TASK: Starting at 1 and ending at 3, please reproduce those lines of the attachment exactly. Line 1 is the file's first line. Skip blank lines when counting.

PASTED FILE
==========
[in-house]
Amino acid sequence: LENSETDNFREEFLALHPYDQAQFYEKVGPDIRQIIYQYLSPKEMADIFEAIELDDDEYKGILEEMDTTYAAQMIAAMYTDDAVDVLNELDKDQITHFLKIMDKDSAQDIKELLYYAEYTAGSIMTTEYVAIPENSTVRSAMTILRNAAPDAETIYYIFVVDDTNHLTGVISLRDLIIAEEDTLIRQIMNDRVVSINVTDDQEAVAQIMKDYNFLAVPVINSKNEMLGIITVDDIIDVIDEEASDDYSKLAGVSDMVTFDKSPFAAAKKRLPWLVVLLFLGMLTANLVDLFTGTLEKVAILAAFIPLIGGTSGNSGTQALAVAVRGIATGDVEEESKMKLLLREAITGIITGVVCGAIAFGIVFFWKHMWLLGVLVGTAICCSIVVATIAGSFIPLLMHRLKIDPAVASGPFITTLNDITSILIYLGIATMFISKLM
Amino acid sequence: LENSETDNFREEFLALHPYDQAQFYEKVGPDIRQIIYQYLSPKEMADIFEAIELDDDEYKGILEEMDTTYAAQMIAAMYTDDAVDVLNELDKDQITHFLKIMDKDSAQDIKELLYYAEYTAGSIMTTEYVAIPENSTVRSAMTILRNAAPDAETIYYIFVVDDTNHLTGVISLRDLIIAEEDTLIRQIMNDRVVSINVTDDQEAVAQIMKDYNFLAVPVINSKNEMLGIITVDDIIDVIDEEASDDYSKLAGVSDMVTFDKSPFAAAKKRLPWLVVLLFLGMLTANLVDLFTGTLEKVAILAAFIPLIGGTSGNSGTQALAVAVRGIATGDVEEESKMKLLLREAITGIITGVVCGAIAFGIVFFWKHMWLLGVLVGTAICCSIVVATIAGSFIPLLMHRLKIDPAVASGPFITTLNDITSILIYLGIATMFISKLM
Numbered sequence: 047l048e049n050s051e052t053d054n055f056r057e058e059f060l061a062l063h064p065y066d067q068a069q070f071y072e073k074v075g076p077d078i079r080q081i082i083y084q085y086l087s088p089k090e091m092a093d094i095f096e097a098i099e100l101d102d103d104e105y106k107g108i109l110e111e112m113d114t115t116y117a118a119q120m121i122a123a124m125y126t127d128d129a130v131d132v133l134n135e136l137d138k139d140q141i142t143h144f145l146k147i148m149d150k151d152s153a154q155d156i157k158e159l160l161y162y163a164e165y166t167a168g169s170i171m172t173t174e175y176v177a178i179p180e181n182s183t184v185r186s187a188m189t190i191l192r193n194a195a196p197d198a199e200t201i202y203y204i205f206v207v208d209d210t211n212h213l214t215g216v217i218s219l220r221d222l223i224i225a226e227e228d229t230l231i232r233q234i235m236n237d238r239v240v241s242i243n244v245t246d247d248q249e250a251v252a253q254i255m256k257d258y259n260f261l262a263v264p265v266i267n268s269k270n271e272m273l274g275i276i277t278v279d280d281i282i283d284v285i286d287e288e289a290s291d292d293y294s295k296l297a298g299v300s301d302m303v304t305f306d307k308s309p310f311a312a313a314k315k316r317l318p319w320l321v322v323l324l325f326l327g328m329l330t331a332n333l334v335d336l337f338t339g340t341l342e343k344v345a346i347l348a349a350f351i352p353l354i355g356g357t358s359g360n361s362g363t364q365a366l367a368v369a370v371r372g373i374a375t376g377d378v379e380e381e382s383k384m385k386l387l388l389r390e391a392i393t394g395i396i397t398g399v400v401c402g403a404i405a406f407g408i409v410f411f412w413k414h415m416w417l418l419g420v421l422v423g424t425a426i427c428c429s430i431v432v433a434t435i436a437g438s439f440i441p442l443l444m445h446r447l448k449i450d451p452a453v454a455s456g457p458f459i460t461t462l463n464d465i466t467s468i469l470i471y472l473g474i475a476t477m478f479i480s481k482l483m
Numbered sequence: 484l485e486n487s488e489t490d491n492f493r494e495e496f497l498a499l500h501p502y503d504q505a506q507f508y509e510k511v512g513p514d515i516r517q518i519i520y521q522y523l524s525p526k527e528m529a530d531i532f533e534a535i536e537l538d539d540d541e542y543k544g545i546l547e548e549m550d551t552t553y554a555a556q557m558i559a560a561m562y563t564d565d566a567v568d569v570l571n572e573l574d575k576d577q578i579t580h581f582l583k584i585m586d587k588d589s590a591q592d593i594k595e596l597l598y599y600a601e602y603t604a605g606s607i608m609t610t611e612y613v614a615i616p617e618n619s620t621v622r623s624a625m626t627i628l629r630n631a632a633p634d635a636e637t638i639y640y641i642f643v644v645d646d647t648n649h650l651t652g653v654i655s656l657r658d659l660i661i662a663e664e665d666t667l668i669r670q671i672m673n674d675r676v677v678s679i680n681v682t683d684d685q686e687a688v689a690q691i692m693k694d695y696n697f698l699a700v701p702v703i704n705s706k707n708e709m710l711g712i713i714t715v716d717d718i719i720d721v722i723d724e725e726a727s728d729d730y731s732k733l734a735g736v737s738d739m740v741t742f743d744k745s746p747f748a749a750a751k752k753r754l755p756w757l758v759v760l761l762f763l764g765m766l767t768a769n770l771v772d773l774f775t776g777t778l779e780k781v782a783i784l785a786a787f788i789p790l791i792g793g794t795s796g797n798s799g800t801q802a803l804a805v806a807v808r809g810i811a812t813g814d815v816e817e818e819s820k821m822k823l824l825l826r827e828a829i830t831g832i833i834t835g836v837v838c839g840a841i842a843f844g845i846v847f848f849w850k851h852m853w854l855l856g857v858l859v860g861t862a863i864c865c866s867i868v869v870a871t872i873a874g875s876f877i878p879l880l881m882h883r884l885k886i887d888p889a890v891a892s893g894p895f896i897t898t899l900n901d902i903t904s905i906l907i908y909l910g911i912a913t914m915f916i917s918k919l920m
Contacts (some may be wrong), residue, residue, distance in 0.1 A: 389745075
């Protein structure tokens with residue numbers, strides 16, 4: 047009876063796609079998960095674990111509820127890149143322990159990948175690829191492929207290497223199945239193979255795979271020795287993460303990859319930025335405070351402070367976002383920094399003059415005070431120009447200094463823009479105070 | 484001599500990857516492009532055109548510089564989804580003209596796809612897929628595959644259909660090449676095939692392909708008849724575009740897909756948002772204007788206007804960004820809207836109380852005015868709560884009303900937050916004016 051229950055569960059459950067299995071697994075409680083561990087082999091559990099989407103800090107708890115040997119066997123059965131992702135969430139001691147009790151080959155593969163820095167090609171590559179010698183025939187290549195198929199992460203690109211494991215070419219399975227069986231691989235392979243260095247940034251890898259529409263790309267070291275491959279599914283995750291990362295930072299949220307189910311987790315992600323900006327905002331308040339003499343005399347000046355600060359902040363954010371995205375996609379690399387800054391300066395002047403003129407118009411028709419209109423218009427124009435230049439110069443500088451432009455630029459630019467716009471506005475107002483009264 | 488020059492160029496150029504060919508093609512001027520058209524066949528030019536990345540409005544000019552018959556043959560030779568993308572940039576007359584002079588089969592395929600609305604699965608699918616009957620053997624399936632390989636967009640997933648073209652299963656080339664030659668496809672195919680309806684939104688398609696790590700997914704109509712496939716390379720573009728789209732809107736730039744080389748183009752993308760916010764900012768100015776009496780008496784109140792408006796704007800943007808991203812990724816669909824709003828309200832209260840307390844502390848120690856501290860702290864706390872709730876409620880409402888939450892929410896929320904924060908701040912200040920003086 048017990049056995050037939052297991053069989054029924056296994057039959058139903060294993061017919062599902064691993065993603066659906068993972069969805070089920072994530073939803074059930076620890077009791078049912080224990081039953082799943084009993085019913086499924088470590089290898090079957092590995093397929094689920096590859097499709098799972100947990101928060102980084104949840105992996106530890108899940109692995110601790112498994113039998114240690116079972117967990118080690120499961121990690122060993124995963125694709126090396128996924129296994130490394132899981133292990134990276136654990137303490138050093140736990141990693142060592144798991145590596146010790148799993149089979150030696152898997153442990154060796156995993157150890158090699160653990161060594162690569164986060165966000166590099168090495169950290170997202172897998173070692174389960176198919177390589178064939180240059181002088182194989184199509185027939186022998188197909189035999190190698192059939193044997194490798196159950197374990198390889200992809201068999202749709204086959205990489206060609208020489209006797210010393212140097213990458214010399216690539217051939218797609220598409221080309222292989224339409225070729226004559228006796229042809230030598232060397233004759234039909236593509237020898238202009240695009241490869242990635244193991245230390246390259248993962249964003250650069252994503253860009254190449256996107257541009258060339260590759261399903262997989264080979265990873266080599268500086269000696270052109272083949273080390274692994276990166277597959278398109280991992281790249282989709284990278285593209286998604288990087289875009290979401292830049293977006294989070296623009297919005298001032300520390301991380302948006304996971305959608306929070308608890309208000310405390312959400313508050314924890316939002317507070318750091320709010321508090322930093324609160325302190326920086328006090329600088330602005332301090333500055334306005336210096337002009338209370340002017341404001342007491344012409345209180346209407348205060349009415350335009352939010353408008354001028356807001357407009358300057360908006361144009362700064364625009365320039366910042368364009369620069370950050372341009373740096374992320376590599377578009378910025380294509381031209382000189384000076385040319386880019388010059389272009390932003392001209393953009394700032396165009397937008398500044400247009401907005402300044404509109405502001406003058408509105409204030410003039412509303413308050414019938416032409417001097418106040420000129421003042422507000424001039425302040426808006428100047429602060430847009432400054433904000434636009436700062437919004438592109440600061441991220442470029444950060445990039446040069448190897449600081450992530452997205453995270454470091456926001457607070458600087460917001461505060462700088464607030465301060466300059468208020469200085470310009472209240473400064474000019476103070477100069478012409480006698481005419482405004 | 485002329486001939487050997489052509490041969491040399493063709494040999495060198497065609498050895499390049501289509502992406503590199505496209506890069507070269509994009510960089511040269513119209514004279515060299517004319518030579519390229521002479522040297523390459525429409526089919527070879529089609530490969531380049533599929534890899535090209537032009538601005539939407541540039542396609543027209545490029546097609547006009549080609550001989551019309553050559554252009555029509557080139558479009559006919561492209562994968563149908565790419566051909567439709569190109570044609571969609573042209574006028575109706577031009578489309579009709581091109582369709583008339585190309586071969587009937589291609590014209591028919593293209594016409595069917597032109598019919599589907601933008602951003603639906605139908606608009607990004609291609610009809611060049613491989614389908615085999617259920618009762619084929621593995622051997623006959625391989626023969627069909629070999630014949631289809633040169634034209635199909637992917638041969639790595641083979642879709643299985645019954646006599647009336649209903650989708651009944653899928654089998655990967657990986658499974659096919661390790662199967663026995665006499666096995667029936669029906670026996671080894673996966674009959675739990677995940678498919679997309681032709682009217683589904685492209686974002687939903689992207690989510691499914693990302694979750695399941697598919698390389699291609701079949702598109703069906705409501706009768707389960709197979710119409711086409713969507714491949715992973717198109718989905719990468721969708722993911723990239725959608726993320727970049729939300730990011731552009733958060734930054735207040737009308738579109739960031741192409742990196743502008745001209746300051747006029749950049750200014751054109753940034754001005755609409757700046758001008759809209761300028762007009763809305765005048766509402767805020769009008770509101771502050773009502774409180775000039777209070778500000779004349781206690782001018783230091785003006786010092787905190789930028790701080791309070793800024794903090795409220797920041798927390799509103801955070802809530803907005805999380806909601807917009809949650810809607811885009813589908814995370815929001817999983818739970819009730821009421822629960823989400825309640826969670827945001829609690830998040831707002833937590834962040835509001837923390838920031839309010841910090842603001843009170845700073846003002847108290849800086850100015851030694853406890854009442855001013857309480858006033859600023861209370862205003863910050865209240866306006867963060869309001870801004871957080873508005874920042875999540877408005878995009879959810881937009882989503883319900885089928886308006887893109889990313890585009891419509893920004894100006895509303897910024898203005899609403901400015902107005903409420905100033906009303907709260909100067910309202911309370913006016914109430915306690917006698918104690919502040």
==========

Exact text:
[in-house]
Amino acid sequence: LENSETDNFREEFLALHPYDQAQFYEKVGPDIRQIIYQYLSPKEMADIFEAIELDDDEYKGILEEMDTTYAAQMIAAMYTDDAVDVLNELDKDQITHFLKIMDKDSAQDIKELLYYAEYTAGSIMTTEYVAIPENSTVRSAMTILRNAAPDAETIYYIFVVDDTNHLTGVISLRDLIIAEEDTLIRQIMNDRVVSINVTDDQEAVAQIMKDYNFLAVPVINSKNEMLGIITVDDIIDVIDEEASDDYSKLAGVSDMVTFDKSPFAAAKKRLPWLVVLLFLGMLTANLVDLFTGTLEKVAILAAFIPLIGGTSGNSGTQALAVAVRGIATGDVEEESKMKLLLREAITGIITGVVCGAIAFGIVFFWKHMWLLGVLVGTAICCSIVVATIAGSFIPLLMHRLKIDPAVASGPFITTLNDITSILIYLGIATMFISKLM
Amino acid sequence: LENSETDNFREEFLALHPYDQAQFYEKVGPDIRQIIYQYLSPKEMADIFEAIELDDDEYKGILEEMDTTYAAQMIAAMYTDDAVDVLNELDKDQITHFLKIMDKDSAQDIKELLYYAEYTAGSIMTTEYVAIPENSTVRSAMTILRNAAPDAETIYYIFVVDDTNHLTGVISLRDLIIAEEDTLIRQIMNDRVVSINVTDDQEAVAQIMKDYNFLAVPVINSKNEMLGIITVDDIIDVIDEEASDDYSKLAGVSDMVTFDKSPFAAAKKRLPWLVVLLFLGMLTANLVDLFTGTLEKVAILAAFIPLIGGTSGNSGTQALAVAVRGIATGDVEEESKMKLLLREAITGIITGVVCGAIAFGIVFFWKHMWLLGVLVGTAICCSIVVATIAGSFIPLLMHRLKIDPAVASGPFITTLNDITSILIYLGIATMFISKLM